Author Topic: Used car  (Read 2595 times)

struggleism

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Used car
« on: January 14, 2022, 03:34:50 PM »
We've been fortunate enough to be car-free for about 10 years but may need to bite the bullet and get one soon. A couple questions:

1. I liked this 10-yr old post from MMM with recommended cars - is there an updated version?
https://www.mrmoneymustache.com/2012/03/19/top-10-cars-for-smart-people/

2. How are you all thinking about EVs vs. gas powered? Seems like EVs are still pricey, but to me buying a gas powered car now would be like buying a portable CD player just as the iPod was taking off.

3. How do you all feel about online used car retailers like Carvana? Anyone have a good experience with them and recommend them?

I'm sure there are existing forum conversations that answer questions just like these; I just couldn't find them. If so, would you mind pointing me there? Thanks

Paper Chaser

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Re: Used car
« Reply #1 on: January 14, 2022, 04:15:07 PM »
What do you need out of a vehicle? How will it be used? What's your budget? Can you charge it easily where you park? What do you not want in a vehicle?

EVs can be great. But they're not perfect. A cheap older Leaf might be great for you if you don't need tons of range.
PHEVs are cheaper and more flexible, but still have an ICE for better (no range anxiety) or worse (will likely require a bit more maintenance than a full EV).
Standard hybrids like a Prius have a great reputation around these forums, and will be available in more body styles, from more manufacturers than PHEVs.

More info would really help. The suggestions will need to be tailored depending on if you need a hatchback, or are planning to use this for cross country trips, or drive in super hot or cold temps, or want to haul a family around vs a single commuter, etc.

AccidentialMustache

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Re: Used car
« Reply #2 on: January 14, 2022, 07:04:34 PM »
Everyone needs a hatchback, some just don't know it yet.

Cheap or older EVs will have slow charging and not be good on road trips. Don't do road trips? Then maybe they're a fit!

I really like our EV. It is a fantastic user experience -- quiet, smooth ride and acceleration, never have to gas it up in the middle of winter, seat/steering wheel heaters (more efficient to heat you than heat the air/car). It could use faster charging though, as well as a touch more range to offset the cabin heater range penalty in the winter. That'll come with time and tech advances. It could use to hold more -- the Honda Fit packs better than the EV, despite the EV being *substantially* larger on the outside.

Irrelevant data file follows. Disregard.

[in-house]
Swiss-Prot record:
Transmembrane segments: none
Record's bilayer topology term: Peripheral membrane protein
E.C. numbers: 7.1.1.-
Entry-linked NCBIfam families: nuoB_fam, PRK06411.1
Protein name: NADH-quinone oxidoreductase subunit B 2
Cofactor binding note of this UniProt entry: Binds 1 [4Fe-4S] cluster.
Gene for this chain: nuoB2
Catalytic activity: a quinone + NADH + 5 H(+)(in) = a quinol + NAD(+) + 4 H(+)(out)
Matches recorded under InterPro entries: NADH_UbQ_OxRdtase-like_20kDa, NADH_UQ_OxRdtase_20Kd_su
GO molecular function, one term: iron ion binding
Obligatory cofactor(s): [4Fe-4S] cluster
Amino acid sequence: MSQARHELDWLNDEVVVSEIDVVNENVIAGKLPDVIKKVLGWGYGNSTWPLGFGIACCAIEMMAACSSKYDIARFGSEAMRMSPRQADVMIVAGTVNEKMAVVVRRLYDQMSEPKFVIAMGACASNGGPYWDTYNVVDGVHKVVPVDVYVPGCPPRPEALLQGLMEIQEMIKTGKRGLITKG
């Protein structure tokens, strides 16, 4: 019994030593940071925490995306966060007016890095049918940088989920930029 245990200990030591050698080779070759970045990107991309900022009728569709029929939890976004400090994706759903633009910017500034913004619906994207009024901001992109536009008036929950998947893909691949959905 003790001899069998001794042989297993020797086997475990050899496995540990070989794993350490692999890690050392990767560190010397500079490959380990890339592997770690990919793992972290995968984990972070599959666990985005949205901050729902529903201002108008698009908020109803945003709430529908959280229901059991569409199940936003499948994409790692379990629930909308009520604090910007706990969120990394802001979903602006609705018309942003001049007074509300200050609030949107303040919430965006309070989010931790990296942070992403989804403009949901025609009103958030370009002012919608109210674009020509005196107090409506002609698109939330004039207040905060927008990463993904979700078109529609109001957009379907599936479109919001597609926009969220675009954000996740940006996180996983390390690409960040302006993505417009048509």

Sometime, someone will make a "charges in 20 minutes 10->90%", competent, refined EV the general size and shape of the Honda Fit. And I will buy it and love it forever. As opposed to Honda's Fit EV which was a compliance car and kinda bad.

struggleism

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Re: Used car
« Reply #3 on: January 14, 2022, 07:23:14 PM »
I appreciate the responses. Here's how I think we'd use it: 70% Costco runs with the baby; 20% Sunday drives around the city; 10% road trips of more than a couple hours. We don't have a charging option at the moment (so that probably answers that question!)

Dave1442397

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Re: Used car
« Reply #4 on: January 15, 2022, 06:18:44 AM »
I appreciate the responses. Here's how I think we'd use it: 70% Costco runs with the baby; 20% Sunday drives around the city; 10% road trips of more than a couple hours. We don't have a charging option at the moment (so that probably answers that question!)

Personally, I'd go with a hybrid. There are plenty of options, and they get great gas mileage in city driving. We bought a Toyota Venza (hybrid) in October, and my wife loves it. It has an 11-gallon tank, and she only fills it once every three weeks or so. There are plenty of used hybrids out there, including many versions of the Toyota Prius, although even those cars can have issues worth checking into before buying. See here, for examples: https://www.youtube.com/watch?v=gAS9_iPeMPE

I looked at EVs, and seriously considered one, but at the rate battery technology is advancing, I prefer to hold off on that until next time we need a car, maybe ten years from now.

Car Jack

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Re: Used car
« Reply #5 on: January 15, 2022, 08:19:50 AM »